Six years ago I put a lot of skin into a slate of candidates for our local water board. We were bombed out of the water by outside money and slander, and oddly enough, the opposition was helped by my respresentative to the US House of Representatives. That this representative had a stake in my local Water Board corroborated my conviction that our opposition to the Board's project was justified. I think the project would have died quickly if not for this representative's support.
But who cared? "Oh no, an expensive project will make a few people rich!" was hardly a catchy battle cry -- not nearly as effective as adding a moustache to a photo.
It's unfortunate that to effect political change, you have to scare people, a quality we lacked. Fortunately, enough people cared, and one of our candidates barely won his district, allowing him to expose the imprudent reasoning used by the Water Board. The project is in a state of slow death, mainly because of what, in my opinion, is one of the finer qualities of our government: the National Environmental Protection Act (NEPA), which requires the dreaded Environmental Impact Statement. NEPA would not have prevented the project. Rather, it only would have prevented the project's approval without a detailed review of its impacts. In other words, it requires that proponents say exactly what their project will do. How inconvenient.
The EIS prepared by the Federal Energy Regulatory Commission (FERC) covered impacts on the region, traffic, noise, loss of habitat, etc., but most importantly, it reported the project's expenses and expected revenue, and this, not any protection for rivers and furry non-voters became the primary obstacle. FERC showed that the project would lose 120-124 million dollars a year -- a figure one would want to hide when selling this project locally to the utilities rate payer. Thus, I am wary of streamlining projects and of discarding various federal agencies, such as the EPA and FERC and dismantling laws such as NEPA and the Endangered Species Act. The world will not get smaller if we remove these agencies; rather, entities that are less accountable to us will fill the vacuum.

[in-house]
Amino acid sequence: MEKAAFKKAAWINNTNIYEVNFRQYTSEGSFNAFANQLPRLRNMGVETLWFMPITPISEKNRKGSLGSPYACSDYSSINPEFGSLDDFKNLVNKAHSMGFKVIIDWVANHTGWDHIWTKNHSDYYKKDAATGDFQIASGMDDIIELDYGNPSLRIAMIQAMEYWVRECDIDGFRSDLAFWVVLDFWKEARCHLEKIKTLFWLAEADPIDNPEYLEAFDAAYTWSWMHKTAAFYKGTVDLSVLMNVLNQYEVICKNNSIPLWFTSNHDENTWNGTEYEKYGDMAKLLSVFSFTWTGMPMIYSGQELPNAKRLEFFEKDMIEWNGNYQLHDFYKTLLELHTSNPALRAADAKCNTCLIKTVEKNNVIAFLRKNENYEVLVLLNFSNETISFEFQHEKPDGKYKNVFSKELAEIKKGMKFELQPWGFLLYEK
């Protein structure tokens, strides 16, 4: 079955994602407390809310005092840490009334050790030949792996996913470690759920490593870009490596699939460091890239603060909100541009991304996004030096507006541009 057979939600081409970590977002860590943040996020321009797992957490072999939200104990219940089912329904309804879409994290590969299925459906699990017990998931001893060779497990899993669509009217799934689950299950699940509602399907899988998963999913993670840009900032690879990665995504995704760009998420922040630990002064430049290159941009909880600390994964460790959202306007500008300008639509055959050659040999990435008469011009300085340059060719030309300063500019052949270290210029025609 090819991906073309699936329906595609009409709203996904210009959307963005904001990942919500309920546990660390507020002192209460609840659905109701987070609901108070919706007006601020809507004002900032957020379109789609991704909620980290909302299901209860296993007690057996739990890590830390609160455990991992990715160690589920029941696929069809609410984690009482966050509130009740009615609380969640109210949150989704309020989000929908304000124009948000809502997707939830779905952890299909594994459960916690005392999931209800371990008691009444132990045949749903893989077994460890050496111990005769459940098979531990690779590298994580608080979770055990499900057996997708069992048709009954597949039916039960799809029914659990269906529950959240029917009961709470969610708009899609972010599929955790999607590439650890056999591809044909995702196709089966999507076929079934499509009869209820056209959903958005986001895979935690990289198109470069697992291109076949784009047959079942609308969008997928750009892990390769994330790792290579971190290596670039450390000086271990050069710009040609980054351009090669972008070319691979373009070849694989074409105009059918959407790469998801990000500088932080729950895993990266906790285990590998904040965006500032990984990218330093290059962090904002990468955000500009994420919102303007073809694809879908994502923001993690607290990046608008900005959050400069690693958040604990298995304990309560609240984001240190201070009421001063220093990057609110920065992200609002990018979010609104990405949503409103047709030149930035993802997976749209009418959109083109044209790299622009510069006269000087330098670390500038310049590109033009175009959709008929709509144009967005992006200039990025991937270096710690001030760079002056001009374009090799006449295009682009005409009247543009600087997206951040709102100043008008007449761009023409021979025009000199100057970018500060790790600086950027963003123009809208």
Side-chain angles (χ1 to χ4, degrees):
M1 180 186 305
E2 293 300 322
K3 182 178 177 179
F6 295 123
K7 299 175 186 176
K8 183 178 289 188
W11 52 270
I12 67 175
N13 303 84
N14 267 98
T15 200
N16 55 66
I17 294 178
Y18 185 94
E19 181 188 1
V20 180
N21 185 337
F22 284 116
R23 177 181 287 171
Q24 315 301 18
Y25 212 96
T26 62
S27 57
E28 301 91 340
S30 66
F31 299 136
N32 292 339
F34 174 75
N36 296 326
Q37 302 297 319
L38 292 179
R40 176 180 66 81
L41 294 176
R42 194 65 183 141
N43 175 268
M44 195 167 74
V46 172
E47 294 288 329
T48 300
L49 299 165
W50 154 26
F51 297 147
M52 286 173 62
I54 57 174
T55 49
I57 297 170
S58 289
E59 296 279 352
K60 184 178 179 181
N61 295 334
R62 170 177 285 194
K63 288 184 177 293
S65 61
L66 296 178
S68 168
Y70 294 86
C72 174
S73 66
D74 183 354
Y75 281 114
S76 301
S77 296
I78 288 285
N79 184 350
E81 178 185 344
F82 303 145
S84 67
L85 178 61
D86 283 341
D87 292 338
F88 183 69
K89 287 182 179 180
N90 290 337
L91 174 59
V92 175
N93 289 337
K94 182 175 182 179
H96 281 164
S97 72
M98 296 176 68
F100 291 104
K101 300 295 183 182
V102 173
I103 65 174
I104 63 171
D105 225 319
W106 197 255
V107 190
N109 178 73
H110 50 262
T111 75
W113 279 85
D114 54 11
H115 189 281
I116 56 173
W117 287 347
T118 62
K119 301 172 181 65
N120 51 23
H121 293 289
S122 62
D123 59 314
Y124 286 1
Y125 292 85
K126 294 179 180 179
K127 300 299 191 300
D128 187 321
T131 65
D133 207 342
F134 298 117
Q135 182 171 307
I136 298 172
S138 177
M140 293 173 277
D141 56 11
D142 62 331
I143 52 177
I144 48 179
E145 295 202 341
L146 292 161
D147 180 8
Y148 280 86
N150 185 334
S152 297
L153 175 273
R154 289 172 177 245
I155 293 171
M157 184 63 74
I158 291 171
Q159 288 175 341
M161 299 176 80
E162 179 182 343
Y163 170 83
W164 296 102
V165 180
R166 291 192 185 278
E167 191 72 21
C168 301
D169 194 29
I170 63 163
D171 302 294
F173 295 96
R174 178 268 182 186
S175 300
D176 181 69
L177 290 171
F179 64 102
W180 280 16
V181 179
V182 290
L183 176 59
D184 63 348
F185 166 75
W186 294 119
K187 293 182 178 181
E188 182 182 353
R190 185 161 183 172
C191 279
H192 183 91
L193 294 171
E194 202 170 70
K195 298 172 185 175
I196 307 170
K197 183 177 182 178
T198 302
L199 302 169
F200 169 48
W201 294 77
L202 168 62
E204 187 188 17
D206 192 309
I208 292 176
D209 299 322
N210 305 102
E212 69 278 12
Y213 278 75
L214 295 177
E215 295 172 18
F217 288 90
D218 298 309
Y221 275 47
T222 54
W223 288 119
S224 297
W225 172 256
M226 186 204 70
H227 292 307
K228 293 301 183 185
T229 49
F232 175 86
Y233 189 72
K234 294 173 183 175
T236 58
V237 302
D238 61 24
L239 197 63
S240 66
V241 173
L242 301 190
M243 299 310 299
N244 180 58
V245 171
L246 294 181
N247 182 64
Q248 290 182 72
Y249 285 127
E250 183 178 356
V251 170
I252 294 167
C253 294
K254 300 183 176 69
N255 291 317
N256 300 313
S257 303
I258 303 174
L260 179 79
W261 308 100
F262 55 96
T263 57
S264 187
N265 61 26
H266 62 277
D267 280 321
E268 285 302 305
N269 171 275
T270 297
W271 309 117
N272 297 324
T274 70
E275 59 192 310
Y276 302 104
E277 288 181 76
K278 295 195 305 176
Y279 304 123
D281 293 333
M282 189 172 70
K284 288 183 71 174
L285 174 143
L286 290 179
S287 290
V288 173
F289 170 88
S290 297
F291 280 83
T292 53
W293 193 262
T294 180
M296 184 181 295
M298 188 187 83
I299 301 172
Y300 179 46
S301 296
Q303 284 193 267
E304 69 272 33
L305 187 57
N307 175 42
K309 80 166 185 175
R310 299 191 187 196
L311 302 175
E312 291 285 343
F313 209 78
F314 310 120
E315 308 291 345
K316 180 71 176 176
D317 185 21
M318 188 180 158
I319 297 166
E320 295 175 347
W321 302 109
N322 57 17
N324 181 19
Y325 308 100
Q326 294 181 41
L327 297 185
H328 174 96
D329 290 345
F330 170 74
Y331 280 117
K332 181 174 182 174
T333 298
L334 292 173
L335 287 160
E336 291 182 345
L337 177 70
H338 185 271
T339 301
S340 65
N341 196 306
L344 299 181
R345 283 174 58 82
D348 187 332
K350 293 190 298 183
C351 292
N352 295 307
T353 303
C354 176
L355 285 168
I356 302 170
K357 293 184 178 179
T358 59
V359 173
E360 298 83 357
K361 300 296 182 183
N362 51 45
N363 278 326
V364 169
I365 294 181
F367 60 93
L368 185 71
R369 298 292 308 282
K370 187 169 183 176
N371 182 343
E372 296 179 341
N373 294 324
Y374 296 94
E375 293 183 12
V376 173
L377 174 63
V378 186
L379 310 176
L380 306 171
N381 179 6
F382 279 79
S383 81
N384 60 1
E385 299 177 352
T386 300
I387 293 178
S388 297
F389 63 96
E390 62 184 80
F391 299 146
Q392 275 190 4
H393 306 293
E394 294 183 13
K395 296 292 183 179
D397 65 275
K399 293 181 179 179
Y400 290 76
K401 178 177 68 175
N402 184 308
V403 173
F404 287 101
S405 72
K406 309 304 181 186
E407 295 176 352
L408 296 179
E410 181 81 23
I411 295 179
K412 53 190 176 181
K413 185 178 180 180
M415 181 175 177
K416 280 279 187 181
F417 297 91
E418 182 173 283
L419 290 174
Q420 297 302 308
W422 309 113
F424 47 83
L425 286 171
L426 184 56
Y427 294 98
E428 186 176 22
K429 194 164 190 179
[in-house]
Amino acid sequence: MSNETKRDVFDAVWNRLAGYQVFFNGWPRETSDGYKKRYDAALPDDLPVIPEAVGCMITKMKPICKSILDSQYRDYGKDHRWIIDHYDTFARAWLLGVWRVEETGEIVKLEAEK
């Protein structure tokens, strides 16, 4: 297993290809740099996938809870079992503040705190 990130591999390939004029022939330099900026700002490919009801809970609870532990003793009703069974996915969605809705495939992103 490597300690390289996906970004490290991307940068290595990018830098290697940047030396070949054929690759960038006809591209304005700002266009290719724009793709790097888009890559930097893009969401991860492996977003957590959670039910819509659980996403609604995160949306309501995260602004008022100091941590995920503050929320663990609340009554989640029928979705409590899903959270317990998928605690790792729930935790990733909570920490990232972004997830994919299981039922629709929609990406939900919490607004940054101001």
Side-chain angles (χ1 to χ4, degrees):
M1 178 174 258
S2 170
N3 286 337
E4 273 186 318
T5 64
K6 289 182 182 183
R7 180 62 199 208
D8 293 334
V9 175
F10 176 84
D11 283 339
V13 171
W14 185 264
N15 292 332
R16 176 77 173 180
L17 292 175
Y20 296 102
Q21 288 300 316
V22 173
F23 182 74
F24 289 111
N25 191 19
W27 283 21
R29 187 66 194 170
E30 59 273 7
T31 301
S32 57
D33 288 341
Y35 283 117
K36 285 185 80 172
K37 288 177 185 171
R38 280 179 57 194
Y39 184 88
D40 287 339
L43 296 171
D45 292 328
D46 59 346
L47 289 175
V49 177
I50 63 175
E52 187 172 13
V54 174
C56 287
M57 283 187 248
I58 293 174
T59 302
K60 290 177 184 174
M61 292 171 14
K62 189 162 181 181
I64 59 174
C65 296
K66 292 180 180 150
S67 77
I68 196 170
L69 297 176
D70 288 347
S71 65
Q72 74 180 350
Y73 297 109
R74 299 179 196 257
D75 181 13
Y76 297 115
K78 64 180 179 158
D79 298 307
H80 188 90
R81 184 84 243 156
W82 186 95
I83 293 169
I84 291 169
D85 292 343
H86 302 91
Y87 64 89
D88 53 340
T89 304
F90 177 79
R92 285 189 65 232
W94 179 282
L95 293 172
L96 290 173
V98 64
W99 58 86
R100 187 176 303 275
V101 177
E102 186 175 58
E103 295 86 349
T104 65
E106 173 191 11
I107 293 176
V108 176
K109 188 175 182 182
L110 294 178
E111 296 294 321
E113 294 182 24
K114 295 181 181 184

Political season is reaching it's peak. There will be scare tactics, conflicting information, and money behind every inch of battleground. Many will present their idealogy as fact or as logic. Disinformation is successful and many eagerly participate in its spread. In fairness, intellectual shortcuts are inevitable, as it's a full time job separating what we know from what we believe, let alone do it for every issue at the local, state and federal level. Confirmation bias is our tendancy to find and recall the information that reinforces our beliefs. We're all smart enough and connected enough to confirm our beliefs. Perhaps this is an evolved trait that helped bands, tribes, cities, and nations succeed for millenia.
Looking back, six years ago I was in a phase best described as my most politicized. As I would an illness, I try to avoid returning to that mindset. But in avoiding such a relapse, there is another error, that is, assuming others are also trying self-correct.
20 hours ago